Celebrating heirloom edibles is just a small indication of the healthy food revolution that’s been brewing for years, catapulting one slice of the past into mainstream awareness at a time. Now that the media has focused its lens on grains and pseudo seeds of bygone eras, carbivores the world over have a reason to rejoice. Even those less enamored of the macro-nutrients should be cheered by the greater availability of more diverse options, introducing a bold new palate of colors with which to paint the dinner plate. You needn’t step too far outside your comfort zone to capitalize on this newfound, old-school inclination. Bhutanese Red Rice is just one option that offers a savory departure from the common white variety.

High in fiber due to the residual crimson bran, red rice cooks much faster than the familiar brown grain but retains just as much savory, nutty flavor, if not more.

Visually inspired as always, the stunning burgundy hue guided my recipe experiments as soon as I got my hands on these soft, tender grains. Though I could have easily just eaten a plain bowlful with a pinch of salt, it would be a shame not to pump up the volume on that ruby rice with further red flavoring. Wine was a natural pairing, infused right into the grains as they cook to soften the alcoholic edge but emphasize the deeper, nuttier, grassier notes. Caramelized onions were a given, although now I’m kicking myself for not adding roasted red peppers into the mix as well. Luckily, I have a feeling that this staple crop will now be an essential ingredient in my pantry as well, so there should be many more opportunities to paint the kitchen red.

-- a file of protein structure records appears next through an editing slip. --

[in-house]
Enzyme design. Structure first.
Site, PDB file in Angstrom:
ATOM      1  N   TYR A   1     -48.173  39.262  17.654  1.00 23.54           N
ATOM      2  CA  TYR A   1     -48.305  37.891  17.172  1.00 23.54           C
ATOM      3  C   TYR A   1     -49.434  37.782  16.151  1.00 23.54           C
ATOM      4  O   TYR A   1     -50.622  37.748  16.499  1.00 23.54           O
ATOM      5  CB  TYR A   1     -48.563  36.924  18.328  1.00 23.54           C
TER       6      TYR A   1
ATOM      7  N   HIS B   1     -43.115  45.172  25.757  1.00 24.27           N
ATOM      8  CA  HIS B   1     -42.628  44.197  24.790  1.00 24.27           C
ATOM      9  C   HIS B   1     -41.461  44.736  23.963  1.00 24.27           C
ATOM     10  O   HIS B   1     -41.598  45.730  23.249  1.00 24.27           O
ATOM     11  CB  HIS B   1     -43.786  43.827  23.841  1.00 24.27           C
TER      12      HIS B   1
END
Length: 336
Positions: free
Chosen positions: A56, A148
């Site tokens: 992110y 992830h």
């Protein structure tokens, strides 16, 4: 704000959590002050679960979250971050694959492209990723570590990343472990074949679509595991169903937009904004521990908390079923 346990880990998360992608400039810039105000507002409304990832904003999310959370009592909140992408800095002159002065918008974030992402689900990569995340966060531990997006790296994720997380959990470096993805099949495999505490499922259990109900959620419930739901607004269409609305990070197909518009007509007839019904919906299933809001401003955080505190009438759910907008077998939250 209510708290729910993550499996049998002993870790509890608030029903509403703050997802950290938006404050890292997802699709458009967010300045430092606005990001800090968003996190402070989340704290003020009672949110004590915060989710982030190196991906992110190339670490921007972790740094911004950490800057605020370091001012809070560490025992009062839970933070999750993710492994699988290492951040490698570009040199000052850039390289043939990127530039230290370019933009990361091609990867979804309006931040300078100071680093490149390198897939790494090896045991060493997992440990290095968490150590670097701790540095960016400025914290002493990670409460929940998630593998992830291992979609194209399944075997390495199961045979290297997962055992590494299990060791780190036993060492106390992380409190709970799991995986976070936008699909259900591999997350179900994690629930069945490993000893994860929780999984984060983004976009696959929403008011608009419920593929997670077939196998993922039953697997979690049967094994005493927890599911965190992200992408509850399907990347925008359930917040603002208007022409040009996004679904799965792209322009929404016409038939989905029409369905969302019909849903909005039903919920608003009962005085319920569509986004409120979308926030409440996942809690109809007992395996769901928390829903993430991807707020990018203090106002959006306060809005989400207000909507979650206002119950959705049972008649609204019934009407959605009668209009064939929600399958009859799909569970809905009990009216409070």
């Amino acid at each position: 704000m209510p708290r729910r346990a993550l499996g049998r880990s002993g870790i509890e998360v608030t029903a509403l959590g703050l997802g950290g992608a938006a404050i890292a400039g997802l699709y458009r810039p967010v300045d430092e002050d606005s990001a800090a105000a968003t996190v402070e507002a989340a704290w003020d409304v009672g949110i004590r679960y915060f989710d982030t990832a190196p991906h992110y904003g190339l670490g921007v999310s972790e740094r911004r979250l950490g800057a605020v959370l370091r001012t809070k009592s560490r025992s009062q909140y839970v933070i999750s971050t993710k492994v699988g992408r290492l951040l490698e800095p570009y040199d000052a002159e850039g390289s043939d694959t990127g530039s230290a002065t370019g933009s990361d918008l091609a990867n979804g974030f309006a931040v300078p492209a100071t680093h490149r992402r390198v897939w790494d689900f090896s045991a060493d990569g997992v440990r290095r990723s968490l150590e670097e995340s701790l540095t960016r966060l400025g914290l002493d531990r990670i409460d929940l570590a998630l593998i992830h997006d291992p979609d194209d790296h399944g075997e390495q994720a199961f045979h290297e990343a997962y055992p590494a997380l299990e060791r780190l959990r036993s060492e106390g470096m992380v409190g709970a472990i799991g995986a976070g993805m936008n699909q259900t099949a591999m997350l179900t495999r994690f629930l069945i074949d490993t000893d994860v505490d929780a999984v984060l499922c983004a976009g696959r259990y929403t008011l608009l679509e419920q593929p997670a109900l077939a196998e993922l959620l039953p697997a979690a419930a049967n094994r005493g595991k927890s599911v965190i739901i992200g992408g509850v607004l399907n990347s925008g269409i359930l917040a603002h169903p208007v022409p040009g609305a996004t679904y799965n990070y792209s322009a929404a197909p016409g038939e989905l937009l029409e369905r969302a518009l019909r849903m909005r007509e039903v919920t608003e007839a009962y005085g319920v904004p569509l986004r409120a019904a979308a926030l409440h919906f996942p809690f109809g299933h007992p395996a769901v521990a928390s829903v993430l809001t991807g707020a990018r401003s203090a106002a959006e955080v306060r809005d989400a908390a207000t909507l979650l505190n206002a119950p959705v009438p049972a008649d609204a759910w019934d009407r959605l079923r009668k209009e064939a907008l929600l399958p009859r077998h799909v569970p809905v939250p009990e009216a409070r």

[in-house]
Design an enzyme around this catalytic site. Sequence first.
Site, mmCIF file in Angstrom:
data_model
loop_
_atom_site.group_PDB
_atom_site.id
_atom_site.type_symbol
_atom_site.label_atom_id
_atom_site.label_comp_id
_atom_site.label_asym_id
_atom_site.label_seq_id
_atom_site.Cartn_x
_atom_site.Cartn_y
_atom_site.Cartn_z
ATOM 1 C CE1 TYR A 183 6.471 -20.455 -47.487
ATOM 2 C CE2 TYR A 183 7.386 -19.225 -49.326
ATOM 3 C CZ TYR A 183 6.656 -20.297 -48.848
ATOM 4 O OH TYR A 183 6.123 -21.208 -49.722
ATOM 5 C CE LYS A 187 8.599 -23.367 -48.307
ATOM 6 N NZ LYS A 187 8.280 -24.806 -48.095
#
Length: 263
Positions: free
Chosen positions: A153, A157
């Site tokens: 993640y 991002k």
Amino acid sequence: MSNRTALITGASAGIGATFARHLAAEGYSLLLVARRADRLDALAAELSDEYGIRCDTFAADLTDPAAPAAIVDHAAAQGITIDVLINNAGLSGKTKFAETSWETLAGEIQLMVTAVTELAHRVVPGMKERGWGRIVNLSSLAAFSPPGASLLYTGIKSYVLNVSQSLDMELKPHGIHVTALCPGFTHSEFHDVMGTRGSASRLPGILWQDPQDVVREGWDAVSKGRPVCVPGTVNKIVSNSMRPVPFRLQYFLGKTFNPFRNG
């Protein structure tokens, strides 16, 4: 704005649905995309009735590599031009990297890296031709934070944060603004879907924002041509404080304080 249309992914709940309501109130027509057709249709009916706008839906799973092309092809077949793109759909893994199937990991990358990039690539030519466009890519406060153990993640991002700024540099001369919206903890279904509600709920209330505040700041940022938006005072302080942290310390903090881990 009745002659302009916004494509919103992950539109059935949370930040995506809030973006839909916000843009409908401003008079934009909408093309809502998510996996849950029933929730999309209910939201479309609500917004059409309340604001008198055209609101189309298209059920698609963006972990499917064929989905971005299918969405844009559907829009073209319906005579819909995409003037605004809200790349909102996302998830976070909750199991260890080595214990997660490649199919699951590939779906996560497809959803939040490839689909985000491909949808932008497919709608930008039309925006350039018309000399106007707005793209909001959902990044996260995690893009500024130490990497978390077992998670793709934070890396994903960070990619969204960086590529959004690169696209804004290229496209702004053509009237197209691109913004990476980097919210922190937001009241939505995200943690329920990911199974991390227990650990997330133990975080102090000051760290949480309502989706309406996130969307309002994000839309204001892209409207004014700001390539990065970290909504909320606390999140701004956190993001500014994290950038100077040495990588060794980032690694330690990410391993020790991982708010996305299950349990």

Yield: Makes 4 Servings

Red, Red Rice Pilaf

Red, Red Rice Pilaf

Red rice takes on an even deeper ruby hue with a soak in red wine. Gently caramelized onions, nutty toasted almonds, and tender peas create textural harmony that will keep you coming back for another bite.

Prep Time 5 minutes
Cook Time 55 minutes
Total Time 1 hour

Ingredients

  • 1 Cup Bhutanese Red Rice
  • 2 Tablespoons Coconut Oil
  • 1/2 Cup Diced Red Onion
  • 2 Cloves Garlic, Finely Minced
  • 1/2 Teaspoon Salt
  • 1 Teaspoon Whole Cumin Seeds
  • 1 Teaspoon Whole Black Mustard Seeds
  • 1 1/2 Cups Dry Red Wine
  • 1/2 Cup Vegetable Stock
  • 1 Bay Leaf
  • 1/4 Teaspoon Crushed Red Pepper Flakes
  • 1/2 Cup Toasted Sliced Almonds
  • 1/2 Cup Frozen Peas, Thawed

Instructions

  1. Rinse the rice with cold water and thoroughly drain. Set aside.
  2. Melt the coconut oil in a large saucepan over medium heat and add the onion. Saute for 2 – 3 minutes until translucent before adding the garlic. Turn down the heat to medium low, season with salt, and slowly cook, stirring periodically, until caramelized; about 30 minutes. Add in the cumin and mustard seeds, lightly toasting for 2 – 3 minutes until aromatic.